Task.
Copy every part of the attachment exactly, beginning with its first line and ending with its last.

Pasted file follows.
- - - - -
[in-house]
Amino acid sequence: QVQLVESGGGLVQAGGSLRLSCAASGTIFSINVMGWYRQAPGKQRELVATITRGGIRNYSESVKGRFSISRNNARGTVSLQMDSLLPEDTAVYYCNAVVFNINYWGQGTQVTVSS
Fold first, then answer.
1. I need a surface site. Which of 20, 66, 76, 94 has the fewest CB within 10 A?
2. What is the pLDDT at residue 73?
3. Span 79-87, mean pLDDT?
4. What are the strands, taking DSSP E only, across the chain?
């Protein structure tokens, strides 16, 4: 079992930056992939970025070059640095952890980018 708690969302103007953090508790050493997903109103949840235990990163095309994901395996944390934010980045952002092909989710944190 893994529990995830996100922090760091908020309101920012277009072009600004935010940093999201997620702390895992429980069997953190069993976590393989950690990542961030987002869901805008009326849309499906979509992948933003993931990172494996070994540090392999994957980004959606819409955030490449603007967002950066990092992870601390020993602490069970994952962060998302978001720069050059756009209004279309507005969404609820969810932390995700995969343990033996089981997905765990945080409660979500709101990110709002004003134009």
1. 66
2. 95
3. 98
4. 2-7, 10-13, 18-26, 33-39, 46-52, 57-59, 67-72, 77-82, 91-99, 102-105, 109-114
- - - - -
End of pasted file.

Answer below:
[in-house]
Amino acid sequence: QVQLVESGGGLVQAGGSLRLSCAASGTIFSINVMGWYRQAPGKQRELVATITRGGIRNYSESVKGRFSISRNNARGTVSLQMDSLLPEDTAVYYCNAVVFNINYWGQGTQVTVSS
Fold first, then answer.
1. I need a surface site. Which of 20, 66, 76, 94 has the fewest CB within 10 A?
2. What is the pLDDT at residue 73?
3. Span 79-87, mean pLDDT?
4. What are the strands, taking DSSP E only, across the chain?
């Protein structure tokens, strides 16, 4: 079992930056992939970025070059640095952890980018 708690969302103007953090508790050493997903109103949840235990990163095309994901395996944390934010980045952002092909989710944190 893994529990995830996100922090760091908020309101920012277009072009600004935010940093999201997620702390895992429980069997953190069993976590393989950690990542961030987002869901805008009326849309499906979509992948933003993931990172494996070994540090392999994957980004959606819409955030490449603007967002950066990092992870601390020993602490069970994952962060998302978001720069050059756009209004279309507005969404609820969810932390995700995969343990033996089981997905765990945080409660979500709101990110709002004003134009």
1. 66
2. 95
3. 98
4. 2-7, 10-13, 18-26, 33-39, 46-52, 57-59, 67-72, 77-82, 91-99, 102-105, 109-114